"Science fiction is no longer kids' stuff, but serious literature," acclaimed Jules Verne expert Arthur B. Evans, Laurel H. Turk, who is also Professor of Modern Languages at DePauw University, tells the paper. "It's partly because we are living science fiction on a regular basis."
Dr. Evans is featured in an article headlined "No longer considered pulp fiction" with reporter Ronald Hawkins describing Evans as a good example of the increased respectability that science fiction has gained over the years.
"Evans is a French professor at DePauw, but he also teaches a science fiction course at the university, one of many institutions of higher learning that offer such courses. Evans also is the managing editor of Science Fiction Studies, a scholarly journal that began at Indiana State in the 1970s and moved to DePauw in 1991 after time in Canada." The respected journal which publishes critical articles and book reviews only, recently reached its 100th issue.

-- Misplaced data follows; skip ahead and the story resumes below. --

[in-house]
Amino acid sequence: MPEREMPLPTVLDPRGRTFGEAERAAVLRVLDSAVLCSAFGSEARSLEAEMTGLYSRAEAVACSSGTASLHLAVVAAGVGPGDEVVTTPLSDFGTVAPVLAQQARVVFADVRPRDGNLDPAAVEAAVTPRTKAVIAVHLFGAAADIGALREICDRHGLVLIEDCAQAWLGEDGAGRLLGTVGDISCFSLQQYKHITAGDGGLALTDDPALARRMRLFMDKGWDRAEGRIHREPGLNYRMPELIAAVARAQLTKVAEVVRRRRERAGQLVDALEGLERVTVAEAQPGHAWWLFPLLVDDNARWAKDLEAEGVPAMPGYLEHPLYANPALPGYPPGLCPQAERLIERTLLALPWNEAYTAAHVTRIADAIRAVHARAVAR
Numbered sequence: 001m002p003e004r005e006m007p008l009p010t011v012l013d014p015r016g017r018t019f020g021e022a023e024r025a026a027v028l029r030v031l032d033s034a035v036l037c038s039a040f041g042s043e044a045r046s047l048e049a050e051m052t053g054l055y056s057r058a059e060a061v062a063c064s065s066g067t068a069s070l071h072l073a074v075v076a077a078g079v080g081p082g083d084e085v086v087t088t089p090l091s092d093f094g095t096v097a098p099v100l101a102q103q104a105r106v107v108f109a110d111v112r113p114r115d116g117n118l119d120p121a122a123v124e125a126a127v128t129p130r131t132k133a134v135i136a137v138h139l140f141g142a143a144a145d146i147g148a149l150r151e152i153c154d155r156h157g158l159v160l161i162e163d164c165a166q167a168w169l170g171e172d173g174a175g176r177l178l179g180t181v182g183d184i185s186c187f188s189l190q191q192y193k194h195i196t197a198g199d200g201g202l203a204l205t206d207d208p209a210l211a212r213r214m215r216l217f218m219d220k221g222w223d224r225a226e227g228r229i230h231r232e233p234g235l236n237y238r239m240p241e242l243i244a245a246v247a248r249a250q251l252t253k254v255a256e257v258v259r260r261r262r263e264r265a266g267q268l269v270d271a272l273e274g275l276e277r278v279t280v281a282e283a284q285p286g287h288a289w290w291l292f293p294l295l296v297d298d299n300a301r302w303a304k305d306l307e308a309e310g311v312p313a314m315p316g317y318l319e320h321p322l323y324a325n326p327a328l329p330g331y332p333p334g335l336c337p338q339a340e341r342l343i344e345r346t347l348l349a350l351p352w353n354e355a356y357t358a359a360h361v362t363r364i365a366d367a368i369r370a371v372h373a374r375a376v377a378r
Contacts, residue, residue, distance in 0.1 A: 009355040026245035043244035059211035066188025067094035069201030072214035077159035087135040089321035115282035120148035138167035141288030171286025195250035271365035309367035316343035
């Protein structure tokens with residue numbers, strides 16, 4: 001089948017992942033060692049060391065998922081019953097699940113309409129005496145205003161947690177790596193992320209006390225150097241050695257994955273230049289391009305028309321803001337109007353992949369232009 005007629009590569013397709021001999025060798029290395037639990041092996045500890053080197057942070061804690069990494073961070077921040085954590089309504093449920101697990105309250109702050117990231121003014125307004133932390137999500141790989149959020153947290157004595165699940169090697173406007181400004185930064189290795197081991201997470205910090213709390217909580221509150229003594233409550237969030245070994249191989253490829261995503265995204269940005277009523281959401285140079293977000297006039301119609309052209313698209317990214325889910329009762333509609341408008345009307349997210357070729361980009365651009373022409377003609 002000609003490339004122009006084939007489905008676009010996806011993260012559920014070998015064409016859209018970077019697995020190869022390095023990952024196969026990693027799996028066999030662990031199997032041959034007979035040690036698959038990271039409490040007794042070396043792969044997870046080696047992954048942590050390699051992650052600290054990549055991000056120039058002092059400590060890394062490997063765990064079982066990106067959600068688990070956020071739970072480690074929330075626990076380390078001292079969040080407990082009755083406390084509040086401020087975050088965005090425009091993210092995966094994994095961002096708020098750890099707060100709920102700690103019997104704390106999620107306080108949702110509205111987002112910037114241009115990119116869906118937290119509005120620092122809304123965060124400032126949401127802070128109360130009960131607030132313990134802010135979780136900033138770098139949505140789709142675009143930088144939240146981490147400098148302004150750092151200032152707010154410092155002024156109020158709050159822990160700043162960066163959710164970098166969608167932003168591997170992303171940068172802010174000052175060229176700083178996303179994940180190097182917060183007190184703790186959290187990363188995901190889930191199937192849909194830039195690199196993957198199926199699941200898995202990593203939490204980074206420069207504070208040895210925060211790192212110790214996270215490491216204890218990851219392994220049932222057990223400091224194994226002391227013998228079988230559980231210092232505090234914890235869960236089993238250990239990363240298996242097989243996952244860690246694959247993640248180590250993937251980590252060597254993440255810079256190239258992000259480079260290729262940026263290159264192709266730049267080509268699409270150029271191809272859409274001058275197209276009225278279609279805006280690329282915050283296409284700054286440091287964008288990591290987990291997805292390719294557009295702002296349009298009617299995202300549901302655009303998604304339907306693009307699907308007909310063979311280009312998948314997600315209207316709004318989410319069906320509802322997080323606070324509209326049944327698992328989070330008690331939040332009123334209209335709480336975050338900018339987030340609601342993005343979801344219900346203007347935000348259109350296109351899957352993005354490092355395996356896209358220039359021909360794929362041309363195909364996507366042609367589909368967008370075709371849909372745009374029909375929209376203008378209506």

Evans discusses how science fiction has changed since the days when stories focused on the possibilities of space travel. "Today, there are all kinds of interesting themes," he says. "There's a lot about nano-technology, biological futures, viruses."
The professor also discusses the difference between science fiction and fantasy. "It's fantasy if it's got magic and no perceivable laws of science in operation," the professor tells the paper. "If it's about the supernatural, it's not science fiction. An example of the differences in literature would be that the Harry Potter books are fantasy, whereas Jules Verne's ' 20,000 Leagues Under the Sea would be science fiction."
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